This  Midrash implies that the creation of Man took place “under protest”. Even when temporarily suppressed many protests are ultimately successful. So it is not out of the question that the Angelic naysayers were complicit in the undoing of humanity through the first sin and the subsequent degradation of humanity by the generations of the Flood and the Dispersion.

The human predilection for lies and strife are a product of mans constrained G-d consciousness. An angel has but to lift its eyes to attain a limitless, incomparable awareness of HaShem and how His glory fills the universe. In marked contrast, even after years of intense exertion, mans G-d consciousness is meager. The light that man beholds is relatively dim and is known as “the Diminutive Face”.  Angels are illuminati bathed in HaShems infinite light. The angelic sense of superiority in terms of their G-d consciousness underlies the various “no-votes” protesting the very creation of man. Regarding uncircumcised man there was no adequate argument to refute the angel’s dismissiveness. There was no debating with them.  HaShem Kivayachol-so to speak had to ignore their protests and present His creation of Man as a fait accompli.

Many Mechabrim-Torah authors, in particular the Ramcha”l , explain that the very Raison d’être of Klal Yisrael- the Jewish People is to rectify the sin of the first man and to bring humanity back to the pre-sin state. As such it would stand to reason that our founding patriarch, Avraham, would earn the angelic seal of approval.

The second Izhbitzer, The Bais Ya’akov takes this approach in explaining the Angels post-circumcision visit with Avraham.

The new edition of Man, Avraham Avinu after the covenant of circumcision, could do something that angels could not.  As dim and meager as his light may have been he was capable of transforming darkness into light and able to draw new light into the gloom of our murky, materialistic world.  In marked contrast angels see things as they are without recognizing any potential for qualitative change. To an angel what’s light is light and what’s dark is dark. For the angels heaven is heavenly and the earth is, well, hopelessly earthy.

As long as the foreskin adheres to man all of mans internal light and potential for illumination are trapped and imprisoned within his being. But when man, Avraham, removes the foreskin his internal and external transformative powers are unleashed. Avraham spread G-d consciousness to the four corners of the earth and, in so doing, made something heavenly out of the earth.

The Tikunei Zohar reveals two remarkable, complementary acronyms in the phrase   מִי יַעֲלֶה לָּנוּ הַשָּׁמַיְמָהWho (mee) will ascend (ya’aleh) for us (lahnu) to heaven (HaShamaymah) [Devarim30 :12].  The first letters of each word form an acronym for Milah-circumcision. The last letters of each word form an acronym for the tetragrammaton-HaShems proper four letter Name. The encoded allusion being that the circumcised one, Avraham, can in fact ascend to Heaven for us and bring HaShem to the earth.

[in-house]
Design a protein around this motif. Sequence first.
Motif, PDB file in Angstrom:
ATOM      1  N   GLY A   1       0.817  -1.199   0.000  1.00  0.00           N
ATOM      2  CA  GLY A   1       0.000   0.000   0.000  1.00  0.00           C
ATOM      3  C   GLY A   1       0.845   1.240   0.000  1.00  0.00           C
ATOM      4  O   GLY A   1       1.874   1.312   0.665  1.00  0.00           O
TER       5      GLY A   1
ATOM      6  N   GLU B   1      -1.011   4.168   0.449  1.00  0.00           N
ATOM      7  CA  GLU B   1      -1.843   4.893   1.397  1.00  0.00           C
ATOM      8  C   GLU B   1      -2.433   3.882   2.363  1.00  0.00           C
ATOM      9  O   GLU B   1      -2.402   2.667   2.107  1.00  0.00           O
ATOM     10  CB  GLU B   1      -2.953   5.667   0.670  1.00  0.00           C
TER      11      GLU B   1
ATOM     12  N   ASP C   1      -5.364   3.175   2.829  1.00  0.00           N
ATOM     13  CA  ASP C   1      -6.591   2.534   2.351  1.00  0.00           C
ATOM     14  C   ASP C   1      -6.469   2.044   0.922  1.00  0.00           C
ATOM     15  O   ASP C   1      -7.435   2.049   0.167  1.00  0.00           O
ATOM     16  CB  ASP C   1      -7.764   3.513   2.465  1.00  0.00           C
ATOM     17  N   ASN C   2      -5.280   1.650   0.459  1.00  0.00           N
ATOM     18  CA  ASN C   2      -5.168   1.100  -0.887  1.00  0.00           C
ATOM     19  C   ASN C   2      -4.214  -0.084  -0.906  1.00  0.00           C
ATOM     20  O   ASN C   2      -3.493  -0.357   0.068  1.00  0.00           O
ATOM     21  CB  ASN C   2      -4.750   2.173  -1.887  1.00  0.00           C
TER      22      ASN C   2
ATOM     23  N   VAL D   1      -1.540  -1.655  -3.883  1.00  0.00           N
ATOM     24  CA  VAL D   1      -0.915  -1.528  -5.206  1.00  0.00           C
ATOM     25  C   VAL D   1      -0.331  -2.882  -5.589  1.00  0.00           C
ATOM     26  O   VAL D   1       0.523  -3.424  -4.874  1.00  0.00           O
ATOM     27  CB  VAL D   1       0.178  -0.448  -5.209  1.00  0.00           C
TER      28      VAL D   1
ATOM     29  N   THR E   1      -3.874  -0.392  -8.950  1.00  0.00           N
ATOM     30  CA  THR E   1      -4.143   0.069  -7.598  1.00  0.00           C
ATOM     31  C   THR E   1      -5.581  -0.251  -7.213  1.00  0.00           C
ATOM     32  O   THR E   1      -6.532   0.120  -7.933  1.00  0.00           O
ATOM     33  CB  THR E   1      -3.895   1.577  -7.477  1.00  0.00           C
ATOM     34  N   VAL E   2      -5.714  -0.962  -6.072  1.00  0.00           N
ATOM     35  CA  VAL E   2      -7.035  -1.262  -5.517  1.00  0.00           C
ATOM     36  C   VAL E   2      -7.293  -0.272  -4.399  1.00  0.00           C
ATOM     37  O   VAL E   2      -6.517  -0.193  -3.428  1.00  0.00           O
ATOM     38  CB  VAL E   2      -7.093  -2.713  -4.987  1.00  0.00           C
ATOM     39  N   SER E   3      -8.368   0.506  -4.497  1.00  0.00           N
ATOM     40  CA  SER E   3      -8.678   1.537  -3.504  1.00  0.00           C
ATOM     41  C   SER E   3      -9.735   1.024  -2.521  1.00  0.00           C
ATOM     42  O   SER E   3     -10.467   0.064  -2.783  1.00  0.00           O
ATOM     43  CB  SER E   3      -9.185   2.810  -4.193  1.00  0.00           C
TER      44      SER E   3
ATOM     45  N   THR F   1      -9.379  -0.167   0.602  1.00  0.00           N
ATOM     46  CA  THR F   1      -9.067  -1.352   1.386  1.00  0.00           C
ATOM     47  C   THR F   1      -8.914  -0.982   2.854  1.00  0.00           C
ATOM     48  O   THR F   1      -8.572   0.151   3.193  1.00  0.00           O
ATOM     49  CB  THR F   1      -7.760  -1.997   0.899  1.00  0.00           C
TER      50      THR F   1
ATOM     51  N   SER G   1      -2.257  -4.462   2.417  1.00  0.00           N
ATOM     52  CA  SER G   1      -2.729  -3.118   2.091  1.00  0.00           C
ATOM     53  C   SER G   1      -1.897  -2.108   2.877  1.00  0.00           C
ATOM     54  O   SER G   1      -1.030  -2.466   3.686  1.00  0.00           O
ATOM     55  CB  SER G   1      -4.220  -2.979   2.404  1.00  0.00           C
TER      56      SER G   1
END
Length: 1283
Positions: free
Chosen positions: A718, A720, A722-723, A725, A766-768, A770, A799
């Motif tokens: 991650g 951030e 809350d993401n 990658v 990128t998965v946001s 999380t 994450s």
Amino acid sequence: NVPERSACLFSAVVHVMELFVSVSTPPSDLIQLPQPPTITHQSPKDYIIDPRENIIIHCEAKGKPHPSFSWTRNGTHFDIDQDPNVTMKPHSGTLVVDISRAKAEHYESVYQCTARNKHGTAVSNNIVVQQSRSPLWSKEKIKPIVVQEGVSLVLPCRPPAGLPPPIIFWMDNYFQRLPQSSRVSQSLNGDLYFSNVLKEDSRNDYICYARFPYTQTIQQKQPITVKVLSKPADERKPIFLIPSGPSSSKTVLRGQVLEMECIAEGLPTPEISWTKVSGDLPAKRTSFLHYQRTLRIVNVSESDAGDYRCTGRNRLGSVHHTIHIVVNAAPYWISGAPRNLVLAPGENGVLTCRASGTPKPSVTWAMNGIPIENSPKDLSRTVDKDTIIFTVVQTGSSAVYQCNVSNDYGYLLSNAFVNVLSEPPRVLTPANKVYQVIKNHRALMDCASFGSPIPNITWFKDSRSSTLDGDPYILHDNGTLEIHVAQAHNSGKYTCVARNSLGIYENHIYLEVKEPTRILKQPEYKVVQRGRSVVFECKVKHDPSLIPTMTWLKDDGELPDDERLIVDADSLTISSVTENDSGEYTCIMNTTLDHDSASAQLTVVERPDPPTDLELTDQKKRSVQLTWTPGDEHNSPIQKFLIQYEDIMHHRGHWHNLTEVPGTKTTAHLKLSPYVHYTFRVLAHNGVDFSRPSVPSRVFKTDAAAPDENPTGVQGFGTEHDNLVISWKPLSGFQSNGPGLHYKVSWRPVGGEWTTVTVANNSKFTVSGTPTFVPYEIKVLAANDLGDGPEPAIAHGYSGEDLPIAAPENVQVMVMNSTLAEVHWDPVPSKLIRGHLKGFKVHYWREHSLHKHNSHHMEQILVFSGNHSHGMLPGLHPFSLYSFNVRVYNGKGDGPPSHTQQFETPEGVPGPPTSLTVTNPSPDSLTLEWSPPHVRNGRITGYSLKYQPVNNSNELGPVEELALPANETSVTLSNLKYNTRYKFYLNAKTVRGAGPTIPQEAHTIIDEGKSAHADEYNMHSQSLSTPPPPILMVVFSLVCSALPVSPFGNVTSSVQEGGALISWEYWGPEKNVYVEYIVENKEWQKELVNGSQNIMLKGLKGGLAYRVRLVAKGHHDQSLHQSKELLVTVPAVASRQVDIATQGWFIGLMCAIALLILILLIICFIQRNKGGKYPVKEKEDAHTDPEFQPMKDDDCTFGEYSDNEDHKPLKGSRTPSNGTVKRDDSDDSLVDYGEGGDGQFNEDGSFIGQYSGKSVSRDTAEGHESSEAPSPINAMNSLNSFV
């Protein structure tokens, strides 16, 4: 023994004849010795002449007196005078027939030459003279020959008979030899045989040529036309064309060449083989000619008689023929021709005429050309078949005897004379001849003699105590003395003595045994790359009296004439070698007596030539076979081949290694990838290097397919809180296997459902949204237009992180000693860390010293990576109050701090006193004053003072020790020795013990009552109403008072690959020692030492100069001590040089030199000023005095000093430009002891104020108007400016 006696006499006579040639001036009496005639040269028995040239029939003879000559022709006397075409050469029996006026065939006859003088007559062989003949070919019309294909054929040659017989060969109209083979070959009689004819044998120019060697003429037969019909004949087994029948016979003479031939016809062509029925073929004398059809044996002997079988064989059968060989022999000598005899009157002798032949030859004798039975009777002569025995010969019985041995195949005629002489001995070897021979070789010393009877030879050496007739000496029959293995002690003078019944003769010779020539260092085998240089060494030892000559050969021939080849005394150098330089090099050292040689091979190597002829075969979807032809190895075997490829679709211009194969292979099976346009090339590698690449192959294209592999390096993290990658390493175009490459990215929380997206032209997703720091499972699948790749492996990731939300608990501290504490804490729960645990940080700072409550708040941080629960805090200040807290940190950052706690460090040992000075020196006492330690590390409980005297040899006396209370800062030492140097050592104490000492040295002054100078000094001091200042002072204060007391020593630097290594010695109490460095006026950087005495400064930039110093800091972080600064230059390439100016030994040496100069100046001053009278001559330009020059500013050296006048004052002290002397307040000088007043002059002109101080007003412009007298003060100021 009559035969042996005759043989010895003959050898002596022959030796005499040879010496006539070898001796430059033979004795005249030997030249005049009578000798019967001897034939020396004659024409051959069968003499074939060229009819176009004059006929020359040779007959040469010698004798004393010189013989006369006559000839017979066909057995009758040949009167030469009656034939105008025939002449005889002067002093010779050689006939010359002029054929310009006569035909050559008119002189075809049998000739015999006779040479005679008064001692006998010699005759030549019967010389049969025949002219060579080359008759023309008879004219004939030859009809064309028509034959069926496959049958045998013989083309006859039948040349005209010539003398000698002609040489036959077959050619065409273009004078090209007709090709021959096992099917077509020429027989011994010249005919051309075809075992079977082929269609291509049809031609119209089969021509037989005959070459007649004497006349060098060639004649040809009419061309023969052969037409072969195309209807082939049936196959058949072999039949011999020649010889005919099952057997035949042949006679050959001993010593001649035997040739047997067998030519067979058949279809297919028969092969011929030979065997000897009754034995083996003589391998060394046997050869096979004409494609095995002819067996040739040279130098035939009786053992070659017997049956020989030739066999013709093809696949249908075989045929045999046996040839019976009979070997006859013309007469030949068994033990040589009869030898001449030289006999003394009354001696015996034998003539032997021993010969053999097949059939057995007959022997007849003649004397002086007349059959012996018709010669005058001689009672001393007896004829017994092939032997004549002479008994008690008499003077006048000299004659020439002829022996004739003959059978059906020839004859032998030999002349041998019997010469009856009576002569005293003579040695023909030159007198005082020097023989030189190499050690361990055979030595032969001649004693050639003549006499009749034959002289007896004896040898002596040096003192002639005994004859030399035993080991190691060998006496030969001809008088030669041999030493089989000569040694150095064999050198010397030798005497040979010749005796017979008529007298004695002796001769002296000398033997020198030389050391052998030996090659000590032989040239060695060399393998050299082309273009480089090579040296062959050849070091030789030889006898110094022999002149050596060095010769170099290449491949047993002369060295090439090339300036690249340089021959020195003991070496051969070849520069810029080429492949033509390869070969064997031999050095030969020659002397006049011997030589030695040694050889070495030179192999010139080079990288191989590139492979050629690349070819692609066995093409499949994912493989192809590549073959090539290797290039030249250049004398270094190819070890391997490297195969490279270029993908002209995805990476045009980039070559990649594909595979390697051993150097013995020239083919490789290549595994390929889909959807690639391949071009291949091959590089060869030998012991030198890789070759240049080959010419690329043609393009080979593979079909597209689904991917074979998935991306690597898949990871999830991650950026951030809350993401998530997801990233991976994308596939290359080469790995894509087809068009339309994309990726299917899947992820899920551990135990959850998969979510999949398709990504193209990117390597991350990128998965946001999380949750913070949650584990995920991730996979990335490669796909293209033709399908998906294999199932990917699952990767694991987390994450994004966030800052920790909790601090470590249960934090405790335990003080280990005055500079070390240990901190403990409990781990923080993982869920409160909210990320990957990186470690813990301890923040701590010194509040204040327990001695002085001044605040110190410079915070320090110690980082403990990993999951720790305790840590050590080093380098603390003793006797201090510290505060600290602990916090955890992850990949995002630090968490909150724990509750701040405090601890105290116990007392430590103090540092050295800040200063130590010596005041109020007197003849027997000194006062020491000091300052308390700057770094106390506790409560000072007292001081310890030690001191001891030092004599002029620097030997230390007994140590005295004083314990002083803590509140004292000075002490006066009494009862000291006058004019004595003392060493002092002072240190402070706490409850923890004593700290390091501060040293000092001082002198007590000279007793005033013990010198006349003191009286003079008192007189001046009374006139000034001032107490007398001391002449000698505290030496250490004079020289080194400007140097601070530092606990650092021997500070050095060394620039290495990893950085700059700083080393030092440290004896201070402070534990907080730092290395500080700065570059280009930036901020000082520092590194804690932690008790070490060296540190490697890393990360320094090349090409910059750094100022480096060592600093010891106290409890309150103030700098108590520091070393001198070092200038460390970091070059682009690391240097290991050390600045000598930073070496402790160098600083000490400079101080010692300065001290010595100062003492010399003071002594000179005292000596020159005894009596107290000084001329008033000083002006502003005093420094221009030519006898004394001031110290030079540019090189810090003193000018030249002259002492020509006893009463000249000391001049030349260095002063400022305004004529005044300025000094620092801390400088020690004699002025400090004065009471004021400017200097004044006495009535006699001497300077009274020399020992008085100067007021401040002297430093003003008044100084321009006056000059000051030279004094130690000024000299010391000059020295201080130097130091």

An angel can take light and multiply the light, take the tiniest blade of grass and exhort it to grow tall, thick and lush (Bereshis Rabbah 10:6). But these are, after all, quantitative expansions not qualitative transformations. Angels are incapable of making the inert-mineral botanic or metamorphosing the botanic into animal or the animal into the human. Omnivorous man ingests the mineral, the botanic and the animal and, through digestion, integrates them into his speech-endowed being.  When man uses this nutrition to serve HaShem through speech AKA prayer he has not merely grown the grass tall…he has altered the grass into something human, speaking and prayerful.  The angels were forced to recognize their relative inferiority and could no longer argue the uselessness of man in HaShems creation.  Impressed and even awestruck they too wanted to partake of the circumcised mans meal.

 Adapted from Bais Ya’akov-Vayera Inyan 16 (page 72A ) 

Message to the World – The Power of Prayer

Imagine you’re in a room full of Jewish addicts. And you’re volunteering to lead a group on Tuesday evenings. The group is called “Spirituality.” What would you talk about?

This week I decided to ask them what they would talk about. I tossed out a question that I had heard a rabbi ask at the time the Super Bowl was happening, about creating one’s own super bowl ad. “What message would you want to give to the world in thirty seconds if you had a chance to speak to 100 million people?” I asked. They loved it!

With my arm outstretched into a closed fist (a mike), I walked around holding it in front of each resident of the Jewish Women’s Recovery House, as she spoke. Leslie, twenty-four, had been in the recovery house for almost four months since she got out of jail after her last DUI. She was very eager to respond. “Here’s what I’d say!” she exclaimed enthusiastically. “If you radiate positive energy into the world, that’s what you’ll attract. If you give off negative energy – that’s what you’ll attract!” I told her she had a few more seconds before her thirty seconds would be up, so she elaborated just a little bit more, and just as excitedly.

Next Rosie wanted “the mike.” Rosie, thirty-five, and a registered nurse, had only been in the recovery house for a week and a half after being released from a local psychiatric hospital. “I started reading a book I found by a Rabbi Twerski. Here it is!” she said, picking it up from the couch, right next to her. “It’s called Angels Don’t Leave Footprints: Discovering What’s Right with Yourself. And I only started it, but it says that we are really better than angels because we can change and grow. We each have a piece of G‑d inside of us. It just gets covered up, but there’s always hope that we can come to recognize who we really are.”